Within a couple of days, and once she was able to breathe on her own, Carla was awakened from her sedation. We were told that the blood would remain in her brain for at least two months and that her brain would slowly and naturally cleanse out the blood, hopefully allowing her to slowly get well. It was during this time that she had to learn to eat, read, write, and walk and talk again, all the while suffering from debilitating headaches that are common with stroke patients. She had physical, occupational, and speech therapists who helped her try to recover all that she was. In her recovery, she amazed her therapists.
In the first week after her stroke, Carla’s doctors had found the cause, a very rare disease with less than 200 cases each year. Carla was stricken by Moyamoya Disease, which is a blockage of her carotid arteries deep within her brain. She was affected on both sides of her brain, 90% blocked on one side and 75% blocked on the other. The blocked arteries cause the brain to compensate by growing small blood vessels, which are a signature of the disease. These small blood vessels can easily rupture and bleed, which is exactly what happened to Carla.
The epicenter of Moyamoya disease treatment is the Stanford Medical Center and a single doctor who performs a unique surgery called Direct Cranial Bypass Surgery. The surgery, which would dramatically reduce the potential for future bleeding in her brain, involves taking a blood vessel from her scalp and rerouting it through her skull and connecting it directly to blood vessels in her brain. Carla had two surgeries, on each side of her brain, one week apart, early in 2015. The surgeries were done by an amazing surgeon who pioneered the direct bypass technique, Dr. Gary Steinberg, in Palo Alto, California. Following Carla’s surgery, the blood flow to Carla’s brain amazingly comes from the top of her head down. Dr. Steinberg examined Carla this year, five years after the fact, and her blood flow is great. We are hopeful that she will never have to suffer another stroke for the rest of her lifetime.
Carla’s recovery from her stroke and her subsequent surgeries took the better part of a year. During this time, she had to close the doors of her company as she was unable to work, and she was the person primarily responsible for all the company sales and management. What she was able to retain was the tax-free monthly income payable from her individual disability insurance, which I had sold her back when she first started her business.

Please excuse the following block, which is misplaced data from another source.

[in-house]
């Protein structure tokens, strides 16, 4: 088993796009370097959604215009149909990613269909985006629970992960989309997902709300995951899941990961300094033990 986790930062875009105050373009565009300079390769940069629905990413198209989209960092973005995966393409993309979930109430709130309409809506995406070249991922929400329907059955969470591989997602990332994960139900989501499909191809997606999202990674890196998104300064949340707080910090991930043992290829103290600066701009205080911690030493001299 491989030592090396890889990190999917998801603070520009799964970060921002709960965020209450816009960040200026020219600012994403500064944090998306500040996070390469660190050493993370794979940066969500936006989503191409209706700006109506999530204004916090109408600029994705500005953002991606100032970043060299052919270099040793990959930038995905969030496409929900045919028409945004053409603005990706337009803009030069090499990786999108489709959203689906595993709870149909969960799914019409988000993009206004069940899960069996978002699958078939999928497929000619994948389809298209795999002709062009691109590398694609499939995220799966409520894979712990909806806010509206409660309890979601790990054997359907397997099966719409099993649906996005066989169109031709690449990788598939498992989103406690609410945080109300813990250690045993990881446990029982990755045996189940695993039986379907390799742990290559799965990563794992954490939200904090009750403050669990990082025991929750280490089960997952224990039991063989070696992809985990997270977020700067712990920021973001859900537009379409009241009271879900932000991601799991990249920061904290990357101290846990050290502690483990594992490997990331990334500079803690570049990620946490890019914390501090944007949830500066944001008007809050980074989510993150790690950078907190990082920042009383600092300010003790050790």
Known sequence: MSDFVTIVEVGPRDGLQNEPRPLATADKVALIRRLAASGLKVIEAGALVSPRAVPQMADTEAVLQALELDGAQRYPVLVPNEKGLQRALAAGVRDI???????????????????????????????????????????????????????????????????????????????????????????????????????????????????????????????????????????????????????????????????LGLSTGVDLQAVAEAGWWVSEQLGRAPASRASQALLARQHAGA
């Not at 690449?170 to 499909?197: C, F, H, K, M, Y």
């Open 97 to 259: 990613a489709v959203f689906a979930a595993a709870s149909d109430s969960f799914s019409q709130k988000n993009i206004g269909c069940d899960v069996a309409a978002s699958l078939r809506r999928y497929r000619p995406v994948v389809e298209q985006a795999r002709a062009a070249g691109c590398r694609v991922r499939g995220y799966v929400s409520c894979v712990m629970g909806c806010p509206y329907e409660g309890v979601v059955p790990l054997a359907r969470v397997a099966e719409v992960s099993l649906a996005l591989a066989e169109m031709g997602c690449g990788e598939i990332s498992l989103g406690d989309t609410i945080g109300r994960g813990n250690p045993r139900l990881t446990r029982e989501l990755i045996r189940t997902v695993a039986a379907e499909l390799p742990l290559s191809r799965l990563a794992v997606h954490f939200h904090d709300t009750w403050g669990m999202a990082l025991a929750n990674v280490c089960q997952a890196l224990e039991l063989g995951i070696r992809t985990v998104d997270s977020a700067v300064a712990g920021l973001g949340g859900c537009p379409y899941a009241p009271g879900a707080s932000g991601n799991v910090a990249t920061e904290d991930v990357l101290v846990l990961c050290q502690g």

Today, Carla is back working and, as she still battles some of the minor effects of her stroke and surgeries, her disability benefits will remain in place until her income nears her pre-disability income level. Her disability benefits have dramatically helped with Carla’s recovery and her dignity and financially helped our family.
The lessons from Carla’s story are many. Strokes frequently happen in the morning. Stroke victims frequently “self-rescue” themselves by telling or calling someone they are close to, usually a family member or business associate. Stroke patients are frequently told that, whatever abilities they recover in the first six months are likely all that they will ever recover. In many cases, this is simply not true, especially for Carla. Also, strokes sometimes result in small miracles like a last-minute call to a husband, getting to the hospital in less than 30 minutes, and a bleed in the brain that is not too big and miraculously does not do any brain damage.
The final lesson I hope you take away from our story is this: if your insurance agent tells you to buy as much disability insurance as you can afford because the chance of a disability that will last six months or longer is six times greater than someone dying, he or she is making a very sound recommendation.
There’s so much more to employee benefits than policies and premiums. A great benefits broker will make sure you, your employees, and your business are protected. Is your agent looking out for you?
Photo by: zimmytws